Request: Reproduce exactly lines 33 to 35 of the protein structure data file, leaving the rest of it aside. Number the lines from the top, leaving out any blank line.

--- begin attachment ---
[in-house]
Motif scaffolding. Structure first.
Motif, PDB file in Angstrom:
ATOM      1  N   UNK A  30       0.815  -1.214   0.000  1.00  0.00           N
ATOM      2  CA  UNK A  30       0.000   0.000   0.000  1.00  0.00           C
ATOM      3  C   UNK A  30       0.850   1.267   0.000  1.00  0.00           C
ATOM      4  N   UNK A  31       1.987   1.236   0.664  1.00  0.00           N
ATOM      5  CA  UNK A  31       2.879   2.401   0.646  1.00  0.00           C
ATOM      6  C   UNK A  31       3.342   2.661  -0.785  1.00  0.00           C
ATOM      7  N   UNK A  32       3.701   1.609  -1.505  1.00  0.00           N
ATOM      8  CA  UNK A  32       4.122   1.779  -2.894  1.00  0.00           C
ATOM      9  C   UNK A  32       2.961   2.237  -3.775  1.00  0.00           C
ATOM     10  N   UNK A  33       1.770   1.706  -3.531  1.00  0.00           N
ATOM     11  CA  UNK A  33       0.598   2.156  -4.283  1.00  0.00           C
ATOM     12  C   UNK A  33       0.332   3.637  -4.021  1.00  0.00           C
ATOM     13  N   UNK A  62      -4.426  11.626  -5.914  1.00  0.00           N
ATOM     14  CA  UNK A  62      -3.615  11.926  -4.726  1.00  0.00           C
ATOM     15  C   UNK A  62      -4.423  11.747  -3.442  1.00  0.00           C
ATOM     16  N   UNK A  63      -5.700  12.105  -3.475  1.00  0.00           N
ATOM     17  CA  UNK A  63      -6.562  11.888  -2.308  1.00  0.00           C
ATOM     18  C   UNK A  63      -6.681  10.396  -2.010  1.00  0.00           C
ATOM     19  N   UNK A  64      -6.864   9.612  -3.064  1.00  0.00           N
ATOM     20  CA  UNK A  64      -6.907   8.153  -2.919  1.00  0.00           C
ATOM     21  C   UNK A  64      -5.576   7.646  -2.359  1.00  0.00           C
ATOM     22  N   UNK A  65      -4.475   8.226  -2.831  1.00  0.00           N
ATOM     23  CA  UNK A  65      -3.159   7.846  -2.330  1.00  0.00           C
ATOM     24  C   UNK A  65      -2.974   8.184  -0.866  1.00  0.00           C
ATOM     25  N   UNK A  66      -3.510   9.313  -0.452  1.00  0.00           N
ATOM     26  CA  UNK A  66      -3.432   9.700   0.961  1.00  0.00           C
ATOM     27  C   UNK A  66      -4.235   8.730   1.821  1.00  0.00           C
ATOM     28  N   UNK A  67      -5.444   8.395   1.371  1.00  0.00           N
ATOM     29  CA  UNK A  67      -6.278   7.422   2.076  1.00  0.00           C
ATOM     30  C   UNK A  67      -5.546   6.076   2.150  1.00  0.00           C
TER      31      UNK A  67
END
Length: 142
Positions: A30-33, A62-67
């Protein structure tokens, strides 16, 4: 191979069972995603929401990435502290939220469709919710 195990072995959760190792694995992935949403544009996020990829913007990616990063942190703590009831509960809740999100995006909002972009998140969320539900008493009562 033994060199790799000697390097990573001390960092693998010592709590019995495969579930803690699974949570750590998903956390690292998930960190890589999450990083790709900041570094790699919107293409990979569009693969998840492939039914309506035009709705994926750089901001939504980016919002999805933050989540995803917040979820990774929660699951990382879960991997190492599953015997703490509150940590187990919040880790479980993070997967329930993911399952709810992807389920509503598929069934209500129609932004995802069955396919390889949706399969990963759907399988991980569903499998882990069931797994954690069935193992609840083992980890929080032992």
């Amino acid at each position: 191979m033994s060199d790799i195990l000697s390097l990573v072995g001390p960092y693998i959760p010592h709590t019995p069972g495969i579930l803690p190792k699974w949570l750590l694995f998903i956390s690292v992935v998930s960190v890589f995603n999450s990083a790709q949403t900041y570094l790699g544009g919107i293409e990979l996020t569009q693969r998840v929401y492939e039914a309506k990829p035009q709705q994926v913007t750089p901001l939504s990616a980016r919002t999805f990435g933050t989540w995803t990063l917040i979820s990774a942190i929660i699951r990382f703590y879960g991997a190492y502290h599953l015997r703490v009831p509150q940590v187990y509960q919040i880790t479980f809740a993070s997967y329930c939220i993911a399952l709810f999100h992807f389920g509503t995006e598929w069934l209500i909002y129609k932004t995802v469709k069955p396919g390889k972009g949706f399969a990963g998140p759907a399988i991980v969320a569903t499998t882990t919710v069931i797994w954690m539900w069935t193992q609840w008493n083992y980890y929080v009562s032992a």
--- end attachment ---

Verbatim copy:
ATOM     30  C   UNK A  67      -5.546   6.076   2.150  1.00  0.00           C
TER      31      UNK A  67
END